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Review: Keynes, the return of the master


It’s good practice to pick up a book, from time to time, that you know you’re going to disagree with. Knowing why you favor one idea over another requires knowing both. This was the reason why I read Keynes: The return of the master by Robert Skidelsky.

Having already written a three volume biography of Keynes, Skidelsky covers a lot of territory in 193 pages. In order to understand how Keynesianism might help us today, one must first understand Keynes the man, the times in which he lived, and his historical role. Skidelsky does an excellent job with the grand sweep of history and fleshing out Keynes the man. It is only when he is trying to explain today’s muddled situation, with floating exchange rates and complex international savings/investment relationships that the book loses its rhythm.

Keynes was not just an economist. He was a philosopher whose main interest was economics. His moral philosophy was conventional, even Victorian by today’s standards. He was an unapologetic capitalist who set out to solve what he saw as capitalism’s biggest problem; unemployment. He lived at the dawn of modernity, the industrial revolution was in full swing, and the rise of communism and fascism were real threats to capitalist democracies. If a way could be found to maintain low unemployment, it would lead to a more harmonious world.

Among economists, both then and now, Keynes’s greatest, and most controversial insight, was realizing the difference between risk and uncertainty. Risk is quantifiable. Risk can be managed using math and science. Our reasoning abilities can be used to predict the future with a fair degree of accuracy. But scientific risk management will only get us so far. Uncertainty is more like an enveloping fog, thick in some parts, thinner in others, always obscuring our expectations of what the future will bring. In a world of uncertainty, we make progress by trial and error, reverting to convention to get us through the mysterious shroud. When the most logical path is hidden and unknowable, scientific reason is of no practical benefit.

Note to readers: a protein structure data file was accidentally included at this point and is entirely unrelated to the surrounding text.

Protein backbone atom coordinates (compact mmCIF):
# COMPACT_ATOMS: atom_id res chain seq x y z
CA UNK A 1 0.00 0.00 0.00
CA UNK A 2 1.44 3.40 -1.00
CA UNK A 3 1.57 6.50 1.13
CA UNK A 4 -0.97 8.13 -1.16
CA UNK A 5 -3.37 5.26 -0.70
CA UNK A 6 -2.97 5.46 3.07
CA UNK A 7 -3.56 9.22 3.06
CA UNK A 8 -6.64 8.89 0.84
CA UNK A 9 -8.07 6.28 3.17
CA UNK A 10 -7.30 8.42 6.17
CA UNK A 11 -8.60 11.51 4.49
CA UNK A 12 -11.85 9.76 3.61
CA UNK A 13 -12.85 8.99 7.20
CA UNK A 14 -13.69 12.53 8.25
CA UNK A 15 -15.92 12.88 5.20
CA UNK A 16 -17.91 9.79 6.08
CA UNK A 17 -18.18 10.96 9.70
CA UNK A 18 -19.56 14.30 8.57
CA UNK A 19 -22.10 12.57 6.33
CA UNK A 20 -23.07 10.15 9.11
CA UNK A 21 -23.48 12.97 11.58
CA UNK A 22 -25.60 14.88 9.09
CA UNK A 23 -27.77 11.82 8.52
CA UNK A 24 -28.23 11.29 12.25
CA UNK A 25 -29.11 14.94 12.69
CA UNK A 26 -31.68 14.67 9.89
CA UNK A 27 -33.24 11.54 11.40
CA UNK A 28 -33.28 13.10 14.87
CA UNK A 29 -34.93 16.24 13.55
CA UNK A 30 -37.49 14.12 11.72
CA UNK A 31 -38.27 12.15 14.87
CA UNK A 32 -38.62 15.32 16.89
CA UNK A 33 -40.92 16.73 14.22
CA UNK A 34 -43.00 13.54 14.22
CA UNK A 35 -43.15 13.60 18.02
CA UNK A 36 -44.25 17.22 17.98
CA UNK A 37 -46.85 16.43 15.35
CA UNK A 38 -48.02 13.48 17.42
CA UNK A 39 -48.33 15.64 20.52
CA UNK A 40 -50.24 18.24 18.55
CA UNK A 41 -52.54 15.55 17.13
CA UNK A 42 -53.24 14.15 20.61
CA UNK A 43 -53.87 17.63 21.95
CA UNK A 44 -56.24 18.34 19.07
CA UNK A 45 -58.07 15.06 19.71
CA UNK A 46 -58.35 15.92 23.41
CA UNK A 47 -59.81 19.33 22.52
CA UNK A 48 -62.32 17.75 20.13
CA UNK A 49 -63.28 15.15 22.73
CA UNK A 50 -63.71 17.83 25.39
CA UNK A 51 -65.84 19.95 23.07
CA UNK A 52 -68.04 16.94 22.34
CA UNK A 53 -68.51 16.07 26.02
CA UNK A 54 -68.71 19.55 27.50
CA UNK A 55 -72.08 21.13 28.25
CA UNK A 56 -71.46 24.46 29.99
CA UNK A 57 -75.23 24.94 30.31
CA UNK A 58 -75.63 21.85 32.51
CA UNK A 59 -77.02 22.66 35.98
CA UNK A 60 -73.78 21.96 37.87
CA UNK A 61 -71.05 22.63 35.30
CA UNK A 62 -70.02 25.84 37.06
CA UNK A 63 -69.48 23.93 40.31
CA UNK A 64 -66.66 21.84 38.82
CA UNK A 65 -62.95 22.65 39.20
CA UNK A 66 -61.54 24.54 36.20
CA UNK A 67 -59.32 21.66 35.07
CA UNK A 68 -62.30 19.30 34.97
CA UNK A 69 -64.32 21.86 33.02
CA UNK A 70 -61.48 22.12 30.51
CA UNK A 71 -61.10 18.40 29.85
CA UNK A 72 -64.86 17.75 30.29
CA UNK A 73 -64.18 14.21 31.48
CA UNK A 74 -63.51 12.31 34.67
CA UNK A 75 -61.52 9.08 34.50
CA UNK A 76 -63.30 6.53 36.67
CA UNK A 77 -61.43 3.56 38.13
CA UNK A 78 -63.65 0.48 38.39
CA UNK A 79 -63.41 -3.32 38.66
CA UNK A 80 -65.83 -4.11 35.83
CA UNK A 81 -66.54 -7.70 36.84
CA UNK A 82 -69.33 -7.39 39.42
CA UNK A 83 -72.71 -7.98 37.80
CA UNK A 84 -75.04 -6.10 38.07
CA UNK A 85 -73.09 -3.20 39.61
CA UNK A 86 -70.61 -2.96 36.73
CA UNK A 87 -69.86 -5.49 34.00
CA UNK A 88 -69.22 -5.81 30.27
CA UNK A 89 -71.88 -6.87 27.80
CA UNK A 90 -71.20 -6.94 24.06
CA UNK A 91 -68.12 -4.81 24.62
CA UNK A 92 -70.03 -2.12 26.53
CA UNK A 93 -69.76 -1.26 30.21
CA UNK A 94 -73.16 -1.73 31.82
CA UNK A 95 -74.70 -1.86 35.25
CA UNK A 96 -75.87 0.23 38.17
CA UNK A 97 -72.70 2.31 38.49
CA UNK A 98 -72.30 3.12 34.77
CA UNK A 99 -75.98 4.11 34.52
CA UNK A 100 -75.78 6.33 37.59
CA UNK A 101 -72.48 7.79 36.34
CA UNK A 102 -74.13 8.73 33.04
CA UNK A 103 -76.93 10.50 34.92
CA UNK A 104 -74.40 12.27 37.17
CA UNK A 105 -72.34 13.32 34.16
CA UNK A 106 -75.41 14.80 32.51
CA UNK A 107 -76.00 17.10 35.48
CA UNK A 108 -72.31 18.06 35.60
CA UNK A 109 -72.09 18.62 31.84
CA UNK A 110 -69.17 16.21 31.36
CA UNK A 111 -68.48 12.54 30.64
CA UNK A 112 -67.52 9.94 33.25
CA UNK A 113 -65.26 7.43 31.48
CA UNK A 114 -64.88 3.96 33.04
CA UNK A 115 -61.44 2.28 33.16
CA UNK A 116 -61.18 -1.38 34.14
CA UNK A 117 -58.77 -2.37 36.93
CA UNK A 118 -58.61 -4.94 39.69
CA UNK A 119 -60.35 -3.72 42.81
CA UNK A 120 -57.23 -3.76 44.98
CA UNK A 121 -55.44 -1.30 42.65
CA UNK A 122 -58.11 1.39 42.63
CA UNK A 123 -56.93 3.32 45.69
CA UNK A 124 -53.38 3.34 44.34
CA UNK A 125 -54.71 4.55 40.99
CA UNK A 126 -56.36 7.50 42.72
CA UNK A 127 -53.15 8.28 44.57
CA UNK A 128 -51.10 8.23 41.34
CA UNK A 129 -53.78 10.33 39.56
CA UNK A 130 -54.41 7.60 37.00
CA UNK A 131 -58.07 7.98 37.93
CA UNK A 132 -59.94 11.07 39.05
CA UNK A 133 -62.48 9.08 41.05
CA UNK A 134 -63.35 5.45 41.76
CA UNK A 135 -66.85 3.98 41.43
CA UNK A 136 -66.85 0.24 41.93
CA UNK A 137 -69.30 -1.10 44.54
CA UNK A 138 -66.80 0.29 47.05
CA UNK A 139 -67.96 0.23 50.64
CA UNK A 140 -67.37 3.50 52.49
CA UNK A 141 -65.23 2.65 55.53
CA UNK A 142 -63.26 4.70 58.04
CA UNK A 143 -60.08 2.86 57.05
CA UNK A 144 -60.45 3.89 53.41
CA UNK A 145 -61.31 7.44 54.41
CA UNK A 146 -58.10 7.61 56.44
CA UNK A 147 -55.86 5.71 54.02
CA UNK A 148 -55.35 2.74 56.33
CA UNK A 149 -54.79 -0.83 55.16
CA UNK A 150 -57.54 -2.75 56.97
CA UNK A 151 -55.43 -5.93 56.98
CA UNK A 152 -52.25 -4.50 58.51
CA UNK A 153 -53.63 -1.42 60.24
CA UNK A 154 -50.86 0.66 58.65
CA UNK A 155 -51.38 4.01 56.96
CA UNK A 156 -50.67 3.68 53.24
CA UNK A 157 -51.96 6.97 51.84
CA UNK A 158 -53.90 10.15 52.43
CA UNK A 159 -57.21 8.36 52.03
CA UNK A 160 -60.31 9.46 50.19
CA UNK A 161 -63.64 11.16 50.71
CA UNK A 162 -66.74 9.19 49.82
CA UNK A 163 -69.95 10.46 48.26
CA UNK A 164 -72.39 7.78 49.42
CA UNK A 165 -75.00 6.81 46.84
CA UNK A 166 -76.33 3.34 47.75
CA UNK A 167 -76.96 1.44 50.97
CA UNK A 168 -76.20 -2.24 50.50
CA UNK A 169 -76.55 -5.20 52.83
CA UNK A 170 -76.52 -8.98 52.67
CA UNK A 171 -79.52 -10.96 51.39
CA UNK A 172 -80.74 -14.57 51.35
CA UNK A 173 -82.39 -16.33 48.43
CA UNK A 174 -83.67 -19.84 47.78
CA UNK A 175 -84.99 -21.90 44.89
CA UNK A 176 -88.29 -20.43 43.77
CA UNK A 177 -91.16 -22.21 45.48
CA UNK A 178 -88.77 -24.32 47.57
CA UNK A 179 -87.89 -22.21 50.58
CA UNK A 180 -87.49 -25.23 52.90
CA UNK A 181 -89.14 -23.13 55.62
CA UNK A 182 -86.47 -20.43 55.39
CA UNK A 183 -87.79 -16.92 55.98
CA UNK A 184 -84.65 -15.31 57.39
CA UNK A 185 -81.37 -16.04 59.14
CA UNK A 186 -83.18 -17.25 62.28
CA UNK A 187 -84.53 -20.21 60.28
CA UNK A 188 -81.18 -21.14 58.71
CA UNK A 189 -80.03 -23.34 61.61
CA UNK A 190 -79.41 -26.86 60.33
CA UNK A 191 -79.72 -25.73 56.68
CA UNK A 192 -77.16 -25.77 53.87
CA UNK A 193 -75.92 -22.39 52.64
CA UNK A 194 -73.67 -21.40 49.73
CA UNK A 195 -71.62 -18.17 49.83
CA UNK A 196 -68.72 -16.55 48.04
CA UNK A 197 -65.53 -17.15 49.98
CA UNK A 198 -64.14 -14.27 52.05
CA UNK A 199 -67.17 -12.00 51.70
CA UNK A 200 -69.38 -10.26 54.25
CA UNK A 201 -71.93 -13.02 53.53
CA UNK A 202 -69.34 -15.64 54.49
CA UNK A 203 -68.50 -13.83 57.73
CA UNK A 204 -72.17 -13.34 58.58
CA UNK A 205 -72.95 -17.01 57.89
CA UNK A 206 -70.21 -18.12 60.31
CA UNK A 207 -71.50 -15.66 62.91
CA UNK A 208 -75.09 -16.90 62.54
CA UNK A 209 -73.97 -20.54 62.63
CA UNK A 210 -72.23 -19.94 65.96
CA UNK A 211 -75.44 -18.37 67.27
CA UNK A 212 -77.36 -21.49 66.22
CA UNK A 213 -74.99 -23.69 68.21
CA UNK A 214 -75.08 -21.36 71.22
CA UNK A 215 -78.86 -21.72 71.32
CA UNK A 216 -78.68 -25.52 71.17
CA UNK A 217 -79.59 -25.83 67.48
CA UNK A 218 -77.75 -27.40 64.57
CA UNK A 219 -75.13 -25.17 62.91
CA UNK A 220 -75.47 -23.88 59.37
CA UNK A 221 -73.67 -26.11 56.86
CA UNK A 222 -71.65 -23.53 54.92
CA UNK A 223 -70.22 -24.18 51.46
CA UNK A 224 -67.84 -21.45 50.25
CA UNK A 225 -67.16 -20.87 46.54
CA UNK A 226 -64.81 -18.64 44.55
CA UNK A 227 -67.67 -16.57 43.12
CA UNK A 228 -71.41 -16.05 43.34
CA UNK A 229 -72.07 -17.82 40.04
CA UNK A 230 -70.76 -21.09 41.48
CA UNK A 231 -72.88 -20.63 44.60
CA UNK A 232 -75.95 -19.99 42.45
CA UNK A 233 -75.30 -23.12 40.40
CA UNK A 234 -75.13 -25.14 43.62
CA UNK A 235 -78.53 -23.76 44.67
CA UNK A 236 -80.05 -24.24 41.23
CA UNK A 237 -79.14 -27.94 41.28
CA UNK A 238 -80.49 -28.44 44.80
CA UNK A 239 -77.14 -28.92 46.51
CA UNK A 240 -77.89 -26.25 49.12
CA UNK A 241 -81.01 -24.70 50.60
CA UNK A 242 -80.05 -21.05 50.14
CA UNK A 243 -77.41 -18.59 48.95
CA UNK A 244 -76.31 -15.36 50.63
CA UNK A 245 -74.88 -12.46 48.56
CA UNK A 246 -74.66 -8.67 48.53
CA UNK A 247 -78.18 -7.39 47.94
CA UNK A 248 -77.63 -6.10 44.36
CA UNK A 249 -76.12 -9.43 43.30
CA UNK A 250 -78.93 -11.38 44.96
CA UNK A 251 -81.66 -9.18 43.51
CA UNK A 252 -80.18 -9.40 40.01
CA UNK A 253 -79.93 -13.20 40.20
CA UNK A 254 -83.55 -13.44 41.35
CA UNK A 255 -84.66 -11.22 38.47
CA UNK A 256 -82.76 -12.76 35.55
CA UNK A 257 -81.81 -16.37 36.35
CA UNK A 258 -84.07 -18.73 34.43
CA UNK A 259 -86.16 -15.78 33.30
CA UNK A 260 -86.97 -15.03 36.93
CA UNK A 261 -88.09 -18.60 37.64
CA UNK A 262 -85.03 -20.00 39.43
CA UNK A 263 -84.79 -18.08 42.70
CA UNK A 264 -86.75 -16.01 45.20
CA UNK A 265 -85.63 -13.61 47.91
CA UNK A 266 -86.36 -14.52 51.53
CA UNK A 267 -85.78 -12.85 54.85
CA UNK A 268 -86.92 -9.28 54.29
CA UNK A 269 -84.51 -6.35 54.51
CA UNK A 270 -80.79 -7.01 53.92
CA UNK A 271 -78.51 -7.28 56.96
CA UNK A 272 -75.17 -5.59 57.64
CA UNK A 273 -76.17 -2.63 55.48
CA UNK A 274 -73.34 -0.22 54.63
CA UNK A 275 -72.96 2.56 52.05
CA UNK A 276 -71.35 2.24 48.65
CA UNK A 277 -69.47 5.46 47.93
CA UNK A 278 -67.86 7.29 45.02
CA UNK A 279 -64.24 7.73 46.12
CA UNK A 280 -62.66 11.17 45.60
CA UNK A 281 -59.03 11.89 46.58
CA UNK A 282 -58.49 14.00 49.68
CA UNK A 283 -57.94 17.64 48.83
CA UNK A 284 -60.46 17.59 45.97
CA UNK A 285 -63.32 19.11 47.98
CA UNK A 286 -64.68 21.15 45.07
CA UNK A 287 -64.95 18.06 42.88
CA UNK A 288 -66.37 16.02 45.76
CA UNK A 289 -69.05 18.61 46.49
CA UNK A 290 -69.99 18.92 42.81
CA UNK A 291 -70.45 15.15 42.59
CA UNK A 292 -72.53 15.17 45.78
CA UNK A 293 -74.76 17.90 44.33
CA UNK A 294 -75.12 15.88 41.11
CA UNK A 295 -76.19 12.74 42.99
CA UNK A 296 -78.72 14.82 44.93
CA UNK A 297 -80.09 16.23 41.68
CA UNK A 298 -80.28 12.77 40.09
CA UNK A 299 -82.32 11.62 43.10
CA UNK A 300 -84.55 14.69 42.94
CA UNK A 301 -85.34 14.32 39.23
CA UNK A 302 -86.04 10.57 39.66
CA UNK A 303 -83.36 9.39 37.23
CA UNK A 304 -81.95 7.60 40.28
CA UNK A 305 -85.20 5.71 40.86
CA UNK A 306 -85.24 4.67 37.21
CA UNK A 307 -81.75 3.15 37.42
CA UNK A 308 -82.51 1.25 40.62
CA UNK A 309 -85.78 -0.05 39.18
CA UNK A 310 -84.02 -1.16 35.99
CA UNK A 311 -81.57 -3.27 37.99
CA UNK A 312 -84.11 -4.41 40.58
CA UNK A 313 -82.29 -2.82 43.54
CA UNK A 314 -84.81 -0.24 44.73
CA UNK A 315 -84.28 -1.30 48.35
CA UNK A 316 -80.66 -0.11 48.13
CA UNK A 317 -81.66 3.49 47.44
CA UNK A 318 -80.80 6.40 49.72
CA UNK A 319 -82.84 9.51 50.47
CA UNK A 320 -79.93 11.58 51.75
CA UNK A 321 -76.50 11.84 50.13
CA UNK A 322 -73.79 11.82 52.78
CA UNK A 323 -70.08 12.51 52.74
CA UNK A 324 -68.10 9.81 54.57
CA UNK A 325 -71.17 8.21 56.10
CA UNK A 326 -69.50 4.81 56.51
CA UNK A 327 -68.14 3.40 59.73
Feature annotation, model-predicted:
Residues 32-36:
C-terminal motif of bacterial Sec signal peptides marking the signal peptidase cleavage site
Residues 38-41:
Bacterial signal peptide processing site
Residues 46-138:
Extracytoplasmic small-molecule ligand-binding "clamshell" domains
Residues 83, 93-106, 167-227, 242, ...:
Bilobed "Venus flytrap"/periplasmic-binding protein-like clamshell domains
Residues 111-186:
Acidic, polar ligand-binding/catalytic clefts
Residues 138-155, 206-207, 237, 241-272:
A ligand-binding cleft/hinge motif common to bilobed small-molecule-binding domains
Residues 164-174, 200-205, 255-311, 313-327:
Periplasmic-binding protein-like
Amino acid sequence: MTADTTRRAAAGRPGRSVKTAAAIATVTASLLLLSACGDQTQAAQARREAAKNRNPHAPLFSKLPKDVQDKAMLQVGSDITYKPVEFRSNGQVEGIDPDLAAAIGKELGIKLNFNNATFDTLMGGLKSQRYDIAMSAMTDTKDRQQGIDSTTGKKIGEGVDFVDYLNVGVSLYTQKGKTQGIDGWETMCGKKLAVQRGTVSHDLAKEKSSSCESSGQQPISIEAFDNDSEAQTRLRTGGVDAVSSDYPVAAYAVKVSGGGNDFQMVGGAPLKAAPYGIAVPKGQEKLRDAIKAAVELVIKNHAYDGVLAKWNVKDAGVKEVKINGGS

This does much to explain our present situation. Our computer models have failed us. Our reasoning abilities have become useless at predicting what is to come next, and so we revert to Keynes. He got us through this before, he can do it again.

There is a lot to like about Keynes. He seems to have been a kindly old gent, a revolutionary and independent thinker. Skidelsky points out that all the schools of economic thought have some amount of real world truth. The economics of capitalism is very much a work in progress. I still think my disagreements with Keynes are still valid, like a high savings rate represents a failure of growth, rather than an increase in real wealth, or that flooding the markets with depreciating cash will produce an overall good. Most of all, like all people of the political left, Keynes tends to assign greed, avarice, and self-interest only to the business class. The political class is assumed to be altruistic and working for the benefit of all. I have to think that if Keynes were alive today, he would be reconsidering that assumption.

I recommend this book for the general reader. Skidelsky writes in plain language and for the most part, treats his adversaries fairly. I would have liked it more if he had spent more time on the collapse of the Bretton-Woods Agreement and the resulting inflation, but maybe he’ll have more to say about that in the next one.